Fast Start on Web Page presentations (for Instructors) martin Thu, 10/16/2014 - 17:20

10/15/14  under construction

[Deriver works in the form either of javascript widgets, which appear directly in a web page viewed through a web browser, or as a downloadable java application, which runs like any other application (usually off the desktop on your computer).]

With the widgets in web pages, it should be fairly clear what the possibilities are. The downloaded application offers more, but at the cost of being more complex.)

Tutorial 22: Symbolizing Relations

Logical System


Tutorial 22 Symbolizing Relations.

The Tutorial

Thus far we have considered only 'monadic' predicates-- our atomic formulas consist of a predicate followed by only one term-- for example, Fx. But in English we regularly encounter dyadic predicates or relations. For example, 'Arthur is taller than Bert' cannot be symbolized with the tools we have used so far; what is needed is a relation to represent ' taller than ...' Txy, say, and then the proposition would be symbolized Tab.



Review of New Material

Logical System


A start can be made in predicate logic by taking apart 'atomic' sentences and by re-phrasing what they have to say in a 'entity-has-property' way.

The constant terms a,b,c...h are used to denote entities, the predicates A,B,C...Z are used to denote properties that these entities have, and these are put together by writing the predicate first followed by the term, for example Gb.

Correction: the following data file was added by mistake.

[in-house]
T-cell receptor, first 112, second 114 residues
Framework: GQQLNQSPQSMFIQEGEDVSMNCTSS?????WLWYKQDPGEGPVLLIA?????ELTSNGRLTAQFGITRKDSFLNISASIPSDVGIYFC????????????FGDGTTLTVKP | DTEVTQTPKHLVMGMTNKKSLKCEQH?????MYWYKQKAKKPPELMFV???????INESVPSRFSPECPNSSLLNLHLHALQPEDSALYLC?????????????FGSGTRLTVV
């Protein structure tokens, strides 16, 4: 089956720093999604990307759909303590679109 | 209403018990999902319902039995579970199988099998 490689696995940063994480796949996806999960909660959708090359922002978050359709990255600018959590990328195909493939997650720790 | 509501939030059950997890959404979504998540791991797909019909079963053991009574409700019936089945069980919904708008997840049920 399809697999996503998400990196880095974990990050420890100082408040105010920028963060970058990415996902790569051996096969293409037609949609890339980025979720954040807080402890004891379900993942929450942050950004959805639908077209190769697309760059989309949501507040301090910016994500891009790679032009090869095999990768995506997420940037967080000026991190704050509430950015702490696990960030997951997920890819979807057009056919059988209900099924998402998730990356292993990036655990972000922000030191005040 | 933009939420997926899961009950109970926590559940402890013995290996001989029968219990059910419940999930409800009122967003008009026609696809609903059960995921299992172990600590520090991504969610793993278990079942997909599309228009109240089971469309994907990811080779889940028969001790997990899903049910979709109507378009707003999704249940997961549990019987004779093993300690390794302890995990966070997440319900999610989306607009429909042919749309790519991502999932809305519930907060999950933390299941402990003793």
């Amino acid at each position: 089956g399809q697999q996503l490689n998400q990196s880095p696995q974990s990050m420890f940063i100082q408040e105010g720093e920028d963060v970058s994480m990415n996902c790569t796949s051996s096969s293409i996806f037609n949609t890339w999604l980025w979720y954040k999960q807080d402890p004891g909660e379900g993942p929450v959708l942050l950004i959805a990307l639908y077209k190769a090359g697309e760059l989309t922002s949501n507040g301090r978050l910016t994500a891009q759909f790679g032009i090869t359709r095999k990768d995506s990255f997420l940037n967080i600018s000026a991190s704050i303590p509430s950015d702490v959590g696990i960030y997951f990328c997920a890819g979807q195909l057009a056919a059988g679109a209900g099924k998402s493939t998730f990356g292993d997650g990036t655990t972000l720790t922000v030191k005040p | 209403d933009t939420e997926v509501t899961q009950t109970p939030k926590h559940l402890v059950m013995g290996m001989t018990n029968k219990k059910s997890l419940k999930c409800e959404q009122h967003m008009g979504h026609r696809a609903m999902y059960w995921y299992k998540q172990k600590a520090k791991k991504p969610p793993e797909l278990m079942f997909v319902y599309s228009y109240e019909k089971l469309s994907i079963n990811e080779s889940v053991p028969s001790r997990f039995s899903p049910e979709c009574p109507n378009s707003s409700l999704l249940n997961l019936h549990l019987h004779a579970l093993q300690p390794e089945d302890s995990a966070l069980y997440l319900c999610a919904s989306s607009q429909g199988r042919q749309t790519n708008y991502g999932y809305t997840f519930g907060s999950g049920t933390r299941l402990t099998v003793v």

Tutorial 11: Sketch of the second part of the course, and symbolizing sentences using predicate logic.

Logical System


Skills to be acquired in this tutorial:

To start learning how to symbolize sentences using predicate logic.

The Tutorial:

There are many valid arguments which cannot be shown to be valid using sentential logic alone. For example,


Beryl is a philosopher.
All philosophers are wise.
Beryl is wise.


Logical System

There is the idea of setting up a code or convention or dictionary between atomic propositions and capital letters.

There are compound propositions, each of which has a main connective which connects its components.

There are five propositional logical connectives:

'∼' which translates back to 'it is not the case that...'

'&' which translates back to '... and ...'

'∨' which translates back to '... or ...'

'⊃' which translates back to 'if... then ...'

'≡' which translates back to '... if and only if ...'